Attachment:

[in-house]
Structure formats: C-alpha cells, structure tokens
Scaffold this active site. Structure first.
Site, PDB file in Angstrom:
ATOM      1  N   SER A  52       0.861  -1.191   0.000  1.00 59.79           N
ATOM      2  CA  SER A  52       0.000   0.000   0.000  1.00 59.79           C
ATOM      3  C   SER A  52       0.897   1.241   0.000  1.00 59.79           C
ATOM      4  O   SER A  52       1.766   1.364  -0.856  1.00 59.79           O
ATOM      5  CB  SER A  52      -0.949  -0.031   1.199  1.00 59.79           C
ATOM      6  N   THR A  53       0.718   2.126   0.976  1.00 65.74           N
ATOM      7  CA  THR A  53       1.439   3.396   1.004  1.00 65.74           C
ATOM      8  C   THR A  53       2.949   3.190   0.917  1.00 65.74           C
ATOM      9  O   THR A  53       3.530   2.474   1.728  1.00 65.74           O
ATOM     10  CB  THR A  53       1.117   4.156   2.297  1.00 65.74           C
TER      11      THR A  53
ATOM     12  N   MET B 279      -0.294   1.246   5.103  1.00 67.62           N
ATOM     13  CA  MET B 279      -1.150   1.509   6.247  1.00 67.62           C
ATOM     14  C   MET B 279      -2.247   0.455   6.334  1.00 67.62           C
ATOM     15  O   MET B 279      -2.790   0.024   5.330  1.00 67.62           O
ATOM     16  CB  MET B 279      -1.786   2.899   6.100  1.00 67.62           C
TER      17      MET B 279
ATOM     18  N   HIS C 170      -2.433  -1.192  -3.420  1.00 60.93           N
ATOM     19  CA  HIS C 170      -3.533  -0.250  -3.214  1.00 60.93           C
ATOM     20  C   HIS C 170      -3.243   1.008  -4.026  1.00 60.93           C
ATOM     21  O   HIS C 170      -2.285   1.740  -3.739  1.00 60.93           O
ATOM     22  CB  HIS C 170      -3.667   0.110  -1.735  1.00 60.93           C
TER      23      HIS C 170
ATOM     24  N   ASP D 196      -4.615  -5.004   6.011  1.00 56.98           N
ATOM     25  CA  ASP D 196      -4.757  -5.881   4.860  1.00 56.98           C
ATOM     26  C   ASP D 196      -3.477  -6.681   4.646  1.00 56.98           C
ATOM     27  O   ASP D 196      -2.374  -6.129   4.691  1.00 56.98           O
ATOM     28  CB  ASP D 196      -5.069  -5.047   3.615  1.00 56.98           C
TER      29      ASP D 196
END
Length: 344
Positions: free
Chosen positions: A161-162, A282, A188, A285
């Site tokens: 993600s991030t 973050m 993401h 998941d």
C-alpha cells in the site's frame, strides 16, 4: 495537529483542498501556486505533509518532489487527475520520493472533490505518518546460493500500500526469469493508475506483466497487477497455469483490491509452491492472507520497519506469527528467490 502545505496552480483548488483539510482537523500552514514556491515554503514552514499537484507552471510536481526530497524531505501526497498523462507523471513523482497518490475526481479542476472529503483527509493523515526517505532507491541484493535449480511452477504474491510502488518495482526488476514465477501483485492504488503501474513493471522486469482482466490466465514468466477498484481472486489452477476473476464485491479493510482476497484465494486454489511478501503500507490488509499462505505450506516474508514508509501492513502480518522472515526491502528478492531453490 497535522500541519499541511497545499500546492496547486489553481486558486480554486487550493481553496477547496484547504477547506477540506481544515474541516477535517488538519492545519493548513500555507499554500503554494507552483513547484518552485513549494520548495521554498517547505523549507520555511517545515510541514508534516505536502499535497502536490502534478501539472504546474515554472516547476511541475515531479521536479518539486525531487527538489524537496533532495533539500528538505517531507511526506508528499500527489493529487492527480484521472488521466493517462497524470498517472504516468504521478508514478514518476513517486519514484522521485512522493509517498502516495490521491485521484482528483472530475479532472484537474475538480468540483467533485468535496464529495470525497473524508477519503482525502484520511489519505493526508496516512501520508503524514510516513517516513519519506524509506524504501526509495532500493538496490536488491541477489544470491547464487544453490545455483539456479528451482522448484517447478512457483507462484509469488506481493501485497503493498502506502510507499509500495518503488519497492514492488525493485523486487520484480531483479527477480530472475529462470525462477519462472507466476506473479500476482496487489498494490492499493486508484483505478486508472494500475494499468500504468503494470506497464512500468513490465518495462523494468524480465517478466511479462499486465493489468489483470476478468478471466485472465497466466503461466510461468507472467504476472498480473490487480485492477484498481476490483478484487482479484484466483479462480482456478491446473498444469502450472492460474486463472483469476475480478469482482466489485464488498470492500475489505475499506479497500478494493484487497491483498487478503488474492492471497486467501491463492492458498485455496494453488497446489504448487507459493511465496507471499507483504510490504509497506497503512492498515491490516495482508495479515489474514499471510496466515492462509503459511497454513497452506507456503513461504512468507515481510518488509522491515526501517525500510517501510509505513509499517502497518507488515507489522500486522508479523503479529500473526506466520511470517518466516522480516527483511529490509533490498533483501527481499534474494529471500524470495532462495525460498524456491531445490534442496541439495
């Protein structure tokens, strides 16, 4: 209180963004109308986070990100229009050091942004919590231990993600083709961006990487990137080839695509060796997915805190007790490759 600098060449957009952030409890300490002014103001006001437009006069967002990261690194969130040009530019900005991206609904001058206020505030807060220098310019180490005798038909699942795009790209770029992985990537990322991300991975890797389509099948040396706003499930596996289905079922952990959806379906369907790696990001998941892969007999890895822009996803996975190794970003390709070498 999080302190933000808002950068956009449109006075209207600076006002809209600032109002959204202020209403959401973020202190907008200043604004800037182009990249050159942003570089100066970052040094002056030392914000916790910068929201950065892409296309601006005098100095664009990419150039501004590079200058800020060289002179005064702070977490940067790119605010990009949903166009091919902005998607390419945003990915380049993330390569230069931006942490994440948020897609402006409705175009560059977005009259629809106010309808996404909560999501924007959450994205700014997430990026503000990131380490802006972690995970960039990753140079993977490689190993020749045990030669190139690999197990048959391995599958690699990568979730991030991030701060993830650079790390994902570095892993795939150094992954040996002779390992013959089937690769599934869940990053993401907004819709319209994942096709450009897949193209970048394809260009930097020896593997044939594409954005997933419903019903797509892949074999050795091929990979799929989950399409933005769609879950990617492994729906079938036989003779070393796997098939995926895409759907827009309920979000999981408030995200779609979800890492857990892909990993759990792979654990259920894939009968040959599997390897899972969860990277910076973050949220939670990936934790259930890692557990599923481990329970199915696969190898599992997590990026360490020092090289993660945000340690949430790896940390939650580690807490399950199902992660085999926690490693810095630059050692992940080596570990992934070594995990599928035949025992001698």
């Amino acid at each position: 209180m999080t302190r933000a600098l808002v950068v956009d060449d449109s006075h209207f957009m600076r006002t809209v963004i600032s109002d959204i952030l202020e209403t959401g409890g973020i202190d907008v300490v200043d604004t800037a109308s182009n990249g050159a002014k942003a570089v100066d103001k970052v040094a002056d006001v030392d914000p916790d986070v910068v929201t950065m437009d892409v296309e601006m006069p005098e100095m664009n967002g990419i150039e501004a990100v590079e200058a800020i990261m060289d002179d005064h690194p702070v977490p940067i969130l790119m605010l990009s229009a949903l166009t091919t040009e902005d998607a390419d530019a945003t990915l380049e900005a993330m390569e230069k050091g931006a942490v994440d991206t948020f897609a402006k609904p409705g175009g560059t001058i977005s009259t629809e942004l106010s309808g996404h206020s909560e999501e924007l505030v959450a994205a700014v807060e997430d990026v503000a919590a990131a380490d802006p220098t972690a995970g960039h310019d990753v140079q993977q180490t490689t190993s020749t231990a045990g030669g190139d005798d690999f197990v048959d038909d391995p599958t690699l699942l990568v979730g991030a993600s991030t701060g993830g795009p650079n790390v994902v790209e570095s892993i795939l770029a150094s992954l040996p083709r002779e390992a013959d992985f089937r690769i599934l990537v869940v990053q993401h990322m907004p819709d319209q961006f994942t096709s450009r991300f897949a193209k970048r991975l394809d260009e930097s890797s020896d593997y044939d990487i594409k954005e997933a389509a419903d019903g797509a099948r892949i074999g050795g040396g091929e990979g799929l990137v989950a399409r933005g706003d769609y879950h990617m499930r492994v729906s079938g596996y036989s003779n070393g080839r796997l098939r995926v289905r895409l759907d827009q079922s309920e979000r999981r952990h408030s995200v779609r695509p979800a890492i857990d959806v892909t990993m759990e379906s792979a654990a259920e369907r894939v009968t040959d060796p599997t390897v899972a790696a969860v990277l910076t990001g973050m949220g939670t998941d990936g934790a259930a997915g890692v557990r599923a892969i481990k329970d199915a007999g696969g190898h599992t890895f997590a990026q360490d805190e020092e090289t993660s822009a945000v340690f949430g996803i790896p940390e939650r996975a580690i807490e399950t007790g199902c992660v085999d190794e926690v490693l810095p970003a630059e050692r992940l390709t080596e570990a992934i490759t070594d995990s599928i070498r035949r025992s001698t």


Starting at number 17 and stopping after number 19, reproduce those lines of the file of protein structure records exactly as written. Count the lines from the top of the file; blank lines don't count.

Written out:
ATOM     13  CA  MET B 279      -1.150   1.509   6.247  1.00 67.62           C
ATOM     14  C   MET B 279      -2.247   0.455   6.334  1.00 67.62           C
ATOM     15  O   MET B 279      -2.790   0.024   5.330  1.00 67.62           O